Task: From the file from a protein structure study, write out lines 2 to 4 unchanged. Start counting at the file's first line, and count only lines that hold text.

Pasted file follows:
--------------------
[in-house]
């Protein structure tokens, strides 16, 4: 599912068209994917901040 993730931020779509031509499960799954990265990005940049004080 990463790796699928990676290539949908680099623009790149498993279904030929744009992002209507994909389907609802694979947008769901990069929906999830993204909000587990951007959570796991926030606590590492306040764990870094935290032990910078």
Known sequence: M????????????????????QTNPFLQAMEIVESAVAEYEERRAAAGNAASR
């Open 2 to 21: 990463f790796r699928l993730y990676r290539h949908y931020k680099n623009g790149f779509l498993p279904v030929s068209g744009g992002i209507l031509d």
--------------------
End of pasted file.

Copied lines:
């Protein structure tokens, strides 16, 4: 599912068209994917901040 993730931020779509031509499960799954990265990005940049004080 990463790796699928990676290539949908680099623009790149498993279904030929744009992002209507994909389907609802694979947008769901990069929906999830993204909000587990951007959570796991926030606590590492306040764990870094935290032990910078």
Known sequence: M????????????????????QTNPFLQAMEIVESAVAEYEERRAAAGNAASR
């Open 2 to 21: 990463f790796r699928l993730y990676r290539h949908y931020k680099n623009g790149f779509l498993p279904v030929s068209g744009g992002i209507l031509d």